The Big Lie that keeps the Uber bezzle alive

A credulous press continues to report massive losses as profitability.

Cory Doctorow
12 min readFeb 11, 2022


A mammoth drowning in tar, from the La Brea Tar Pits. Next to the sinking mammoth is a sinking Uber logo. In the opposite corner is a sinking business-man whose head has been replaced by a bag of money. Running diagonally across the whole image is a jagged, declining red line as from a stock-chart. Image: JERRYE AND ROY KLOTZ MD (modified),_LOS_ANGELES.jpg CC BY-SA 3.0:

Uber is (still) a bezzle (“the magic interval when a confidence trickster knows he has the money he has appropriated but the victim does not yet understand that he has lost it”). And every bezzle — every bezzle — ends.

Uber entered the market with an absurd proposition, which they papered over with an idiotic narrative…which the world ate up with a spoon.

The absurd proposition: Uber could use apps to reinvent taxis, and turn a low-margin business into a high-margin business by sprinkling it with high-tech pixie dust.

The idiotic narrative: Uber could establish itself in the market by pouring billions down the drain, losing 41 cents on every dollar it brought in, subsidizing unprofitable rides at unsustainable rates…but someday, it would make it up in volume.

Here’s how that proposition worked: Uber loses a lot of money on every ride. But someday, it will corner the market on transit (not just taxi journeys, but all transit), and it will be able to raise prices and cut wages and recover all those loses and turn a profit.

Obviously, this is stupid. Even if Uber manages to blow through its investors’ billions in habituating us to rideshares over cabs and buses, even if they manage to bribe or bully cities into allowing takeovers by unlicensed cabs, even if they manage to rewrite labor laws so they can treat their employees as contractors…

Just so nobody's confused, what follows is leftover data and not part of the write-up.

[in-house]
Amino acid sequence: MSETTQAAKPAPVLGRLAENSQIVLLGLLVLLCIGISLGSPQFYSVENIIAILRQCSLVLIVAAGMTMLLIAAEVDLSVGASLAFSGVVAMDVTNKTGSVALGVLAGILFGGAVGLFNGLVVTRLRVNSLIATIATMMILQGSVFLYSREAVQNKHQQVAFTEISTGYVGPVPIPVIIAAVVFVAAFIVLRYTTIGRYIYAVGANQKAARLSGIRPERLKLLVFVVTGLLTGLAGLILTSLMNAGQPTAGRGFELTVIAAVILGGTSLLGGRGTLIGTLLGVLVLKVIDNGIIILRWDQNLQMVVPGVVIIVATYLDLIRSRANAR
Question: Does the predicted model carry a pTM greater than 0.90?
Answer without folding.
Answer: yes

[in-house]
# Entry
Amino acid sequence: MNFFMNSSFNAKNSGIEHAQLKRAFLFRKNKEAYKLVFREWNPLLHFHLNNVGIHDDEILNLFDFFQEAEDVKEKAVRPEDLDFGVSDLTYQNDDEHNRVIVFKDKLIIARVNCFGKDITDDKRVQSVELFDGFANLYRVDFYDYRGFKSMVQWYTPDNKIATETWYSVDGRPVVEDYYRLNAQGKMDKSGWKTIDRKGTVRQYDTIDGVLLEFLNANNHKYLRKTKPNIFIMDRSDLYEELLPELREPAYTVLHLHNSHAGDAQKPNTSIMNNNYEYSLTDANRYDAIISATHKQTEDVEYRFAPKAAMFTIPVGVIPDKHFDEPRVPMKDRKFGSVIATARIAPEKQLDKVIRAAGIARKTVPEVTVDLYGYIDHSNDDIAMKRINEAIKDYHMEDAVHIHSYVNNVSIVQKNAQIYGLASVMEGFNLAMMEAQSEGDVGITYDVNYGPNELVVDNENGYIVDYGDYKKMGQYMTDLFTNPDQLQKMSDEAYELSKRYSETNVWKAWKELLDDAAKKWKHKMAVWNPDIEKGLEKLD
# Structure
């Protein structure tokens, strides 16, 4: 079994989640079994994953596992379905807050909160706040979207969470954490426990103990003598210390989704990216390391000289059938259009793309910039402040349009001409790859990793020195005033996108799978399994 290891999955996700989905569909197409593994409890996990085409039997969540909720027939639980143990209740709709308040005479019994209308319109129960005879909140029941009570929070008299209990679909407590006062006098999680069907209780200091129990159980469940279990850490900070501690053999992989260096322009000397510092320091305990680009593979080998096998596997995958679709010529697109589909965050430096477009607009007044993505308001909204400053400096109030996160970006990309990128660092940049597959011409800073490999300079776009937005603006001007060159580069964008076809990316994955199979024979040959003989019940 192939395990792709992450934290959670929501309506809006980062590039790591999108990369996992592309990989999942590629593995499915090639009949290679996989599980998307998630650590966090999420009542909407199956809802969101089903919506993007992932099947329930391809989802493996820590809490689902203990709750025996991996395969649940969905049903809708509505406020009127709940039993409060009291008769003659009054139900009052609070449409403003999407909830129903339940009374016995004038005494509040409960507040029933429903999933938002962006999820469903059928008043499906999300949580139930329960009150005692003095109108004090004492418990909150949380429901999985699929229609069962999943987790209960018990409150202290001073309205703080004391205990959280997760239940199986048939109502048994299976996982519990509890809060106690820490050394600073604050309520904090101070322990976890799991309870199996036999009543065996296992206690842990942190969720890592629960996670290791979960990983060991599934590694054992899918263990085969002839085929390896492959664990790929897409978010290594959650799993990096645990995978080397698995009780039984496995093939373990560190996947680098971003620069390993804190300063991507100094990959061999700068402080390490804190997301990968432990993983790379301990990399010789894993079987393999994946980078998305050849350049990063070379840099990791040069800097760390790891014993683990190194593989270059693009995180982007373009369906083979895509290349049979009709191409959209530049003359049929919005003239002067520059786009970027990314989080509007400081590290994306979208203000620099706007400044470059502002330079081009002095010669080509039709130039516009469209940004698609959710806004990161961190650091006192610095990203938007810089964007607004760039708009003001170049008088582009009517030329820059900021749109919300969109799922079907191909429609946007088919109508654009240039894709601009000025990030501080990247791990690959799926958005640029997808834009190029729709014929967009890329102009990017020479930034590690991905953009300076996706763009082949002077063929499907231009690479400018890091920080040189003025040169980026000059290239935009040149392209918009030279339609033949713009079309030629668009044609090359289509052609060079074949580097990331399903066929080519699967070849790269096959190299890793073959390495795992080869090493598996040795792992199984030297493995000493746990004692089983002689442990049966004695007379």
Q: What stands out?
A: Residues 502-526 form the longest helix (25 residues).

Even if all of that, then what? Then you have a market that is structured for dominance by unlicensed taxis driven by misclassified employees — that anyone can enter. The (mythical) day Uber attains dominance and profitability, someone else can start a competitor that provides exactly the same services, with exactly the same drivers and exactly the same passengers. The only difference? That new service won’t be $31 billion in the hole, unlike Uber.

In reality Uber was, is, and always will be a bezzle. The company used billions from the Saudi royal family to build up a giant, money-losing business (albeit one that maimed or killed taxi and transit services around the world through predatory pricing). All the while, they told…



Cory Doctorow

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